The epic poet is all taken up with what he called klea andron, “glorious deeds of men,” of individual heroes; and what these heroes themselves ardently long and pray for is just this glory, this personal distinction, this deathless fame for their great deeds.-- ― Jane Ellen Harrison,
When I first coined the terms "centric and diffuse force" in this essay, I was seeking to provide a distinction that accounted for my observation that even narratives that possesses "opposed megadynamic forces" might not manifest the combative mode. 1953's WAR OF THE WORLDS employs the same narrative trope seen in 1954's GODZILLA: the spectacle of modern-day humankind hurling all of its technological forces against a metaphenomenal threat. However, because that contest is not the "focus," as I called it, of the former narrative, I stated that the 1953 film could not possess the narrative value of the combative mode.
In PERIPHERAL GENIES I invoked the centric/diffuse "word pair" only in a very limited sense, to suggest some of the ways in which a given protagonist might have access to megadynamic forces, even though he himself may not register as megadynamic. Drawing upon my "djinn-summoner" distinction, I said that the examples I cited in that essay failed to achieve the narrative value because their powerful "genies" were peripheral to their own spirits. "Peripheral," going by the definition I used, means pretty much the same in my system as "diffuse." Both connote for me the image of something either out from the center, or without a center-- which in its turn relates back to my use of the term "focus."
Without indulging in any orgies of cross-comparisons, I will now put forth the notion that the "types of narrative violence" I proposed in SACRED AND PROFANE VIOLENCE PART 1 might be better termed "centric and diffuse will," since "will," at least according to the Schopenhauer/Nietzsche model I've constructed, takes in all forms of sex and violence, in both their isothymic and megalothymic manifestations.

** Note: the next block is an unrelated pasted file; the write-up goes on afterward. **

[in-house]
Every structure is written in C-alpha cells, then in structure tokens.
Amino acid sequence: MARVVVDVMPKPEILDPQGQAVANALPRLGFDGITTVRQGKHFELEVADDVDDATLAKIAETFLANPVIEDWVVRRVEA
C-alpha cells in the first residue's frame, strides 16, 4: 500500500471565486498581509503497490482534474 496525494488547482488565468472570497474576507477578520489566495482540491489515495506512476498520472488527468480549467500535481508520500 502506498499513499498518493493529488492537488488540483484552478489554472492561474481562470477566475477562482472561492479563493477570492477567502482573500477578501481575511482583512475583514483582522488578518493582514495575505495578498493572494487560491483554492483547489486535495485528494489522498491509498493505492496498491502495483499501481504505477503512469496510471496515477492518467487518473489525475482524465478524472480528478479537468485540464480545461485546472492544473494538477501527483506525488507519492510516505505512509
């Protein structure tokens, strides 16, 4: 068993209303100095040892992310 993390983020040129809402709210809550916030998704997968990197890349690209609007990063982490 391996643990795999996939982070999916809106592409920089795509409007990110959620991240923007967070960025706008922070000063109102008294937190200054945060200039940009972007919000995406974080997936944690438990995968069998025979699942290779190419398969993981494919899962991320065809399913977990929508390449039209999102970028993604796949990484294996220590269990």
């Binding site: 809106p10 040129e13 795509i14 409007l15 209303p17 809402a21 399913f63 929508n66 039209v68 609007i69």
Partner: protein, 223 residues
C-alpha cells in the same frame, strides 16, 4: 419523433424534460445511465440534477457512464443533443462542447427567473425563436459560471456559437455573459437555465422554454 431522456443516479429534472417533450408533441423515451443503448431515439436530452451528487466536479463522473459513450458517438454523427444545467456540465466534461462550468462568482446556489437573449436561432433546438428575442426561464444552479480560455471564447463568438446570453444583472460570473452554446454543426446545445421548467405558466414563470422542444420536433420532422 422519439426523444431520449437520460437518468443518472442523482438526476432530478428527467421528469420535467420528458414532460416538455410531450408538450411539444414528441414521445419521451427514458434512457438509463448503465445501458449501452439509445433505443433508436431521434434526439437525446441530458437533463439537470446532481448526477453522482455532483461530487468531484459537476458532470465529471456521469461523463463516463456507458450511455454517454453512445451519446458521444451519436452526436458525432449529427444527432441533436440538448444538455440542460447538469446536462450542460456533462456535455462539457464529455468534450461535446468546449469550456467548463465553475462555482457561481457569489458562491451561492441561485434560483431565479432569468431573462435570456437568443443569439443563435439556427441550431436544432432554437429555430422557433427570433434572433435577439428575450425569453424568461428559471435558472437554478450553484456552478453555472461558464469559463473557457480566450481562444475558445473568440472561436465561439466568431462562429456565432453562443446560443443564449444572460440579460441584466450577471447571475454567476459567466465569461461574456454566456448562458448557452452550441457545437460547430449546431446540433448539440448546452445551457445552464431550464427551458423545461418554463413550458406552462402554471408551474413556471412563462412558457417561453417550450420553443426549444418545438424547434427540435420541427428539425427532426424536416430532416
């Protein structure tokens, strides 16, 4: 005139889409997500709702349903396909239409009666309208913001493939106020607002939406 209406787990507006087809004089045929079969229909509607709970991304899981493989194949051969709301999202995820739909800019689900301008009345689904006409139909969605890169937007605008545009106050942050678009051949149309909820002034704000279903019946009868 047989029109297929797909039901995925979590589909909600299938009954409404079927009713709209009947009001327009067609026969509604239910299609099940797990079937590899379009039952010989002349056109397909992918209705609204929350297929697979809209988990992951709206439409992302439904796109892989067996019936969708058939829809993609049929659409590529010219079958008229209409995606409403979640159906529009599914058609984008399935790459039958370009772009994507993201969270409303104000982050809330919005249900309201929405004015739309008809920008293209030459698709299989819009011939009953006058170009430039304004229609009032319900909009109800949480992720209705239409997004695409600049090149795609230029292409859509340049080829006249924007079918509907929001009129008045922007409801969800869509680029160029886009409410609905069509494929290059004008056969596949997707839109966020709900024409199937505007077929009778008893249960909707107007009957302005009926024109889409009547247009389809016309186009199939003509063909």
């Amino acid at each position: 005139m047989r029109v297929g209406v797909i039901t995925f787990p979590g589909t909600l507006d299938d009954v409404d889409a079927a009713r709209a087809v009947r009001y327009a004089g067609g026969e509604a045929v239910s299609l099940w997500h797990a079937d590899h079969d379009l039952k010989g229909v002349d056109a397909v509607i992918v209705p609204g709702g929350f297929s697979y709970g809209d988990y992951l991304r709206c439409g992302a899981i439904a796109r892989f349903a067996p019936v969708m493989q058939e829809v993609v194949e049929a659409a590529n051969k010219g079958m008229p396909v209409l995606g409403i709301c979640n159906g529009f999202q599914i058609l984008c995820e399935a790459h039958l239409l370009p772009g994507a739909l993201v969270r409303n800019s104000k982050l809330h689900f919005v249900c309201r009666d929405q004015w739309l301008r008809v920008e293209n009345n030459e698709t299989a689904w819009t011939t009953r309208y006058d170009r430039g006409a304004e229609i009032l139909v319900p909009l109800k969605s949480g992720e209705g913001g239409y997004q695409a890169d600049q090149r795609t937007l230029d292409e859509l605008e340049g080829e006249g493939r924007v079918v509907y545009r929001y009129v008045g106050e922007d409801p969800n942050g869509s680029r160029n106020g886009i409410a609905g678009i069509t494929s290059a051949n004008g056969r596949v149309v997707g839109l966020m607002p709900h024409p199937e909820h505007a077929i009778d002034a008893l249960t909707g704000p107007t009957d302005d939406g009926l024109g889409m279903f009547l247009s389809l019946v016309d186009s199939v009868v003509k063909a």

For instance, I've written numerous times about the disparate effects of different forms of violence, particularly "functional violence" and "spectacular violence." Either one of these can be centric in the formal sense: that the climax of a narrative depends on one form or the other, and in fact in this essay I contrasted two films which both had violent conclusions, though only one showed enough sense of "spectacle" to be labeled "combative." I stress "sense" of spectacle because the combative film displayed the intent to produce spectacle even though the execution of said spectacle was lousy.
But I've been toying lately with the notion that there's another potential application of the centric/diffuse terminology, and that is to distinguish the ways in which the narrative impacts the audience, rather than dealing exclusively with the way dynamicity manifests within the diegesis of the narrative. In short, "diffuse will" can apply to all of the "forces" in the narrative that are peripheral to whatever holds the "center" in the narrative-- which is usually one of the radicals that describes the narrative's primary mythos-- which "centric will" can apply purely to those forces around which the narrative is truly centered. I suggest that the centricity of the primary radical has for modern audiences a ritualistic quality, not unlike the klea andron of which Harrison writes in the above quote. That manifestation of centric will is almost always the most important thing in the story and thus provides an imaginative center, even if a given author may choose to wander from that center to some extent.
ADDENDUM: I retooled this essay-- originally set down yesterday under the title "Centric and Diffuse Violence"-- because after a little thought I decided that the use of "narrative violence" as expressed by Bataille was interesting to explore somewhat, but was ultimately too confusing for prolonged usage. Therefore I revised the essay to speak of "narrative will" instead, to better reflect one of the cornerstones of my theory, first expressed here.